"It was like Cooper was mesmerized by him," said Raymond Ridder, now the Golden State Warriors' executive director of public relations. After 10 minutes West stood up. "That's it, I've seen enough," Ridder remembers West saying. "He's better than anyone we've got on the team right now. Let's go."
Former Lakers great Jerry West was already known as one of the preeminent talent evaluators in recent basketball memory at the time. For such accolades to be showered upon a teenager is, for some, beyond the realm of fathoming. Bryant would be drafted by the Charlotte Hornets with the 13th pick overall. However, they agreed to trade the pick to the Los Angeles Lakers prior to making the selection. The Hornets would end up getting center Vlade Divac and several draft picks in exchange for Bryant. If only they knew the type of player whose rights they briefly held, would they have balked at the pre-arranged swap?
Some youngsters may not recall, but Kobe Bryant's career, though clearly enchanted from the very start, had its fair share of challenges. Nothing was ever handed to him. He was immediately a boy trying to navigate the politics of men early on. He started his career backing up three time NBA All-Star shooting guard and All-NBA defender Eddie Jones, along withhot-shooting combo guard Nick Van Exel. Bryant, only 18-years-old at the time, would ask coach Del Harris to feature him in certain sets. Harris would tell Kobe he simply wasn't more efficient in the post as Shaquille O'Neal and would not even consider such a thing until Bryant was better.
Some spend a lifetime trying to figure out their place in the world; others are birthed into destiny. The sheer audacity of 18-year-old Kobe to even ask such a thing of a head coach has to be without equal. He seemingly was already aware what great things were in store for him. Though he didn't get much playing time early on, Bryant practiced like a man possessed. It was clear that he would have to supplant Van Exel and Jones in order to get playing time as a rookie. He would average 15 minutes per game his rookie year. The following season would see Bryant's average minutes-per-game jump to 26 minutes per game, and his scoring average would more than double from 7.6 to 15.4 points per game during the '97-'98 NBA season. Jones would start at shooting guard 80 out of 82 games that season.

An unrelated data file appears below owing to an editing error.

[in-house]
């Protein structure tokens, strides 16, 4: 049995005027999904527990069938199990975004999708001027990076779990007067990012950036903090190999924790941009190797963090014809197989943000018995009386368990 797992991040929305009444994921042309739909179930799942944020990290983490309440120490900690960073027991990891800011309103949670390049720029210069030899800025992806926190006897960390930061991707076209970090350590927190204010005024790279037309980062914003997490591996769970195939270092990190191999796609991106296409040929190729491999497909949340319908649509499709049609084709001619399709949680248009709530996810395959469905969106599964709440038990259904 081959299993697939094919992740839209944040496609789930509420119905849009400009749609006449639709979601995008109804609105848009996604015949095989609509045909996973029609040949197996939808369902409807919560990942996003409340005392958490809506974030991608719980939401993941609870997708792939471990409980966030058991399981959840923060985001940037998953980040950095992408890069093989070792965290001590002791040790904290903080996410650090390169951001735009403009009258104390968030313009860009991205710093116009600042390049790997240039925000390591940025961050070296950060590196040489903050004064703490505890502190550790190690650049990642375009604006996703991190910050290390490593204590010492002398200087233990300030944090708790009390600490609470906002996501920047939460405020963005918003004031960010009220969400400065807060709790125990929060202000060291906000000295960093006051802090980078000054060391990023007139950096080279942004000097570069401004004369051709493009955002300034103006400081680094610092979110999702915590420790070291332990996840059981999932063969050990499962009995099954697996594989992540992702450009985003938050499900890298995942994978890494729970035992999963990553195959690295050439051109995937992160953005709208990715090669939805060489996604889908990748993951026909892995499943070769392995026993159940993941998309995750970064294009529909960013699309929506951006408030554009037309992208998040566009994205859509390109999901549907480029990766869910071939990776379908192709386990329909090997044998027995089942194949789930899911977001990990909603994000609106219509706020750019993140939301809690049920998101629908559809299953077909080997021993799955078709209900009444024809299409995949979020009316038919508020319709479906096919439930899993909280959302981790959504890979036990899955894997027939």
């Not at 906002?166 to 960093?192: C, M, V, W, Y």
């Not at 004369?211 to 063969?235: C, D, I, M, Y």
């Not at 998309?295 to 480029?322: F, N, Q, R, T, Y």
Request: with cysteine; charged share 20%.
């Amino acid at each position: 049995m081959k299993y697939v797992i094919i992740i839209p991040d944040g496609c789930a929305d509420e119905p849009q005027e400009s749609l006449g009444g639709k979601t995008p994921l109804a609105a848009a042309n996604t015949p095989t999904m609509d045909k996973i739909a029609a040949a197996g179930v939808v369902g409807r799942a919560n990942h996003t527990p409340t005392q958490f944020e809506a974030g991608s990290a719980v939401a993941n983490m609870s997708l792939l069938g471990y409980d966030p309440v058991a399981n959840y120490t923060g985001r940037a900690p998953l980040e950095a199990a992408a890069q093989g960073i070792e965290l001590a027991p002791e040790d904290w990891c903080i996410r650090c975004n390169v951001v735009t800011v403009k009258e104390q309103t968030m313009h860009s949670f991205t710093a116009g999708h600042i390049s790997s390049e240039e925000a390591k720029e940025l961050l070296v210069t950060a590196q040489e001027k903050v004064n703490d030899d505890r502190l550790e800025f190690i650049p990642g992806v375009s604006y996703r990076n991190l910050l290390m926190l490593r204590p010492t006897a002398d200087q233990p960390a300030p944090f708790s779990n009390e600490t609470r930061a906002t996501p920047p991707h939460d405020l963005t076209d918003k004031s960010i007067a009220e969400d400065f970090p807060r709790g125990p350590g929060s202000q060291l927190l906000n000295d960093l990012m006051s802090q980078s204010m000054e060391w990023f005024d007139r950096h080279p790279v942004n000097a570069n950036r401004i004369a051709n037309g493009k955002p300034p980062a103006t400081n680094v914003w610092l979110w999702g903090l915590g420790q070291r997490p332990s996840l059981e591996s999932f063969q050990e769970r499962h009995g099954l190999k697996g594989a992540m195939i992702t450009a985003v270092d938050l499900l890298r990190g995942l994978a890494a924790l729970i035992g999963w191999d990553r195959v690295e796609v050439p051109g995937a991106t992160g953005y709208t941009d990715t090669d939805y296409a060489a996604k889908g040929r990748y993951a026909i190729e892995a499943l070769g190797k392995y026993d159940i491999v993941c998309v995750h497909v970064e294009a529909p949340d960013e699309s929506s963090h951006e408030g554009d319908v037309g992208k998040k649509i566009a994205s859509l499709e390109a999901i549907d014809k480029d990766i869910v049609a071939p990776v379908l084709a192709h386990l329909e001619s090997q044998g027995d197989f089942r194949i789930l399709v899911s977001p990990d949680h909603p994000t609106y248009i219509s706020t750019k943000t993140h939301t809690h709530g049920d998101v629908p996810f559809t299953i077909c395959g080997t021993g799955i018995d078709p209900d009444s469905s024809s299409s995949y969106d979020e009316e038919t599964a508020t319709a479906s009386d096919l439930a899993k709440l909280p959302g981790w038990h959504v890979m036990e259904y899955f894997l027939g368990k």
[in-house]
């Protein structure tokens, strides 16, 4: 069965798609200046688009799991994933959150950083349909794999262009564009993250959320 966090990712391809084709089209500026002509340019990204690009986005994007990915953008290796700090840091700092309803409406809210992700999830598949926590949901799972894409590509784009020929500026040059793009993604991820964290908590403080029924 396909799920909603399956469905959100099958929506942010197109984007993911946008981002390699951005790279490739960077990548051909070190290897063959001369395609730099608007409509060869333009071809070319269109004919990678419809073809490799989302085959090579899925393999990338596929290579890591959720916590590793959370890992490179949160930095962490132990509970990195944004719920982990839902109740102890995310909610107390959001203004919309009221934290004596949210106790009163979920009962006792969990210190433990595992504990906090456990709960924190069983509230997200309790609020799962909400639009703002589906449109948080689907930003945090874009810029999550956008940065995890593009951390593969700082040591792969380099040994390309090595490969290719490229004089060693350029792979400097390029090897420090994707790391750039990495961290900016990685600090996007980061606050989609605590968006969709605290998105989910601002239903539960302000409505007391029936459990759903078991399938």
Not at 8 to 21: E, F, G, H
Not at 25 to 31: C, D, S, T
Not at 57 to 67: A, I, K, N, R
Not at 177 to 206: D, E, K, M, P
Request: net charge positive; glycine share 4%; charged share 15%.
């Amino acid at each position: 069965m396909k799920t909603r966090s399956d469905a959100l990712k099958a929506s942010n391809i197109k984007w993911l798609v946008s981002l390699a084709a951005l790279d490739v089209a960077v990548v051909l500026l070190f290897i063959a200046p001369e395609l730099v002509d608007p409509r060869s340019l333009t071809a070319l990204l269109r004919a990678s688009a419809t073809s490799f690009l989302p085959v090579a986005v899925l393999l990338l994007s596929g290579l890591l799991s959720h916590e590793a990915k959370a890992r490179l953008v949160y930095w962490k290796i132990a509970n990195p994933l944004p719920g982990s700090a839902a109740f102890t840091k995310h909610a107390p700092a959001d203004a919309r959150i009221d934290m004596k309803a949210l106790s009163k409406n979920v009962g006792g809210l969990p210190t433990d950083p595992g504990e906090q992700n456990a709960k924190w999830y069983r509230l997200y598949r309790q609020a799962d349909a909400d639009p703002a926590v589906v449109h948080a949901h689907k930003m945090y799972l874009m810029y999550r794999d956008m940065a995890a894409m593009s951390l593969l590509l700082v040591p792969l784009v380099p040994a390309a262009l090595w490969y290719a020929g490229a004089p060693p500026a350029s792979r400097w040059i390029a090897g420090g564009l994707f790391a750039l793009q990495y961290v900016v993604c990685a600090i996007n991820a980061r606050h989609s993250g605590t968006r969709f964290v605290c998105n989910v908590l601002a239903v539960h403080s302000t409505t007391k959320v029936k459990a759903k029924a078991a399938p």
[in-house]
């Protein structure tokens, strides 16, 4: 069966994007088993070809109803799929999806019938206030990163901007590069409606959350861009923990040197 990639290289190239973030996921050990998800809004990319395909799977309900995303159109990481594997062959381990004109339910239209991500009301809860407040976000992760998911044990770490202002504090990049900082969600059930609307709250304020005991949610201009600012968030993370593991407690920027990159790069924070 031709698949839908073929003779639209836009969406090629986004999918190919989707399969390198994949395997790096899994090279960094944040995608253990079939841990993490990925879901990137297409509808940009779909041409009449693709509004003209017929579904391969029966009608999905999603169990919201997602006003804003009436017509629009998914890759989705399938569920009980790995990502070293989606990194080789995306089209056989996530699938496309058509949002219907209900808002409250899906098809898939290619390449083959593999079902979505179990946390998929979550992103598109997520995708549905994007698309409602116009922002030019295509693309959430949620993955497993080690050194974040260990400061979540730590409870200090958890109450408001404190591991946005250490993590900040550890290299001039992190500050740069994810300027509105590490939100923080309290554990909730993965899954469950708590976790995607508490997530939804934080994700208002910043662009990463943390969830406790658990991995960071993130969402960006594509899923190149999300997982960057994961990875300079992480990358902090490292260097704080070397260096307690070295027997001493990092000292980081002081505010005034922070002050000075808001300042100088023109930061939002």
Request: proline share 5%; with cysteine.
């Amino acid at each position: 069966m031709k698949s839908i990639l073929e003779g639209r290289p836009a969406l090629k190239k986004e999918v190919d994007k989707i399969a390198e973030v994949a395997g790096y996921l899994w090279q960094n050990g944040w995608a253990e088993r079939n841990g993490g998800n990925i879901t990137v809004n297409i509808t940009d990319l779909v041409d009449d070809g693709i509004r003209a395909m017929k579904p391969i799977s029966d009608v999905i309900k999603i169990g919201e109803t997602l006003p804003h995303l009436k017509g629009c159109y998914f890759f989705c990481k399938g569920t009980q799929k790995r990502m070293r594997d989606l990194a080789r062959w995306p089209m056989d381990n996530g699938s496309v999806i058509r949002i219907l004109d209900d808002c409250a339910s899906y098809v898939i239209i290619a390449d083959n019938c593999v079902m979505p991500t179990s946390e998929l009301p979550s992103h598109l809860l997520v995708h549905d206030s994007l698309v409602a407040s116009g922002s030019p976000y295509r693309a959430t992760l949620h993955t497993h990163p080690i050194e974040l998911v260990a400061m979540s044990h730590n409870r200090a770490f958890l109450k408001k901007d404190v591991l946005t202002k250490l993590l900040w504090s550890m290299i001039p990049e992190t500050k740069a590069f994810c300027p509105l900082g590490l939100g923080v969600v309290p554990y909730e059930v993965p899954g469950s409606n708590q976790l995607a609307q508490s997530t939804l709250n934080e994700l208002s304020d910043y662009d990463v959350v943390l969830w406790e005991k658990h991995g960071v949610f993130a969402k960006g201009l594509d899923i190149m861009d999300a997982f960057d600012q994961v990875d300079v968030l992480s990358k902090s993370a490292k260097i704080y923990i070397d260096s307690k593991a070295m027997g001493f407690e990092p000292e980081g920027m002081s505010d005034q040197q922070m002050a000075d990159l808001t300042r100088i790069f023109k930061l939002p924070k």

Kobe would only start one of the 79 games in which he was available to play, but would get the lion's share of minutes at small forward when L.A. went small. While he had not yet completely replaced Jones as the second best Laker on the roster, the writing was as apparent as neon lights in Times Square. This kid was the future and clearly the real deal. He was already cutting into Van Exel's minutes and would swing over to play shooting guard at times. Nick's minutes and shot attempts per game were both down compared to where they were during Kobe's rookie year. While the usually even-keeled Eddie Jones appeared to take Bryant's rapid ascension in stride, Van Exel at times seemed repulsed by the very idea of being supplanted by the young phenom. But it wasn't just Nick, it was Shaq as well.
"I'm not gonna be babysitting," said Shaq when asked about Bryant following the draft. O'Neal appeared to never have any qualms about throwing players under the proverbial bus, and he would do so to Bryant multiple times during their time together in Los Angeles.
The following season, Van Exel and his hater ways were sent packing, making room for the steadily improving Bryant to finally make his mark on the league in a big way. He would up his average to 19.5 points per game and remain the second best player on the Lakers, even after three-time NBA All Star Glen Rice was acquired from the Charlotte Hornets for Eddie Jones and Elden Campbell. It was yet another example of a time where Bryant proved that he was a better player than an established NBA veteran who was held in high regard in the league. Rice had won MVP honors at the 1997 NBA All Star game, but it was clear that Kobe wasn't trying to take a back seat to anyone else and was simply waiting for his chance to supplant O'Neal. It was also apparent that Van Exel would not be the last teammate that would feel the need to speak out against Kobe.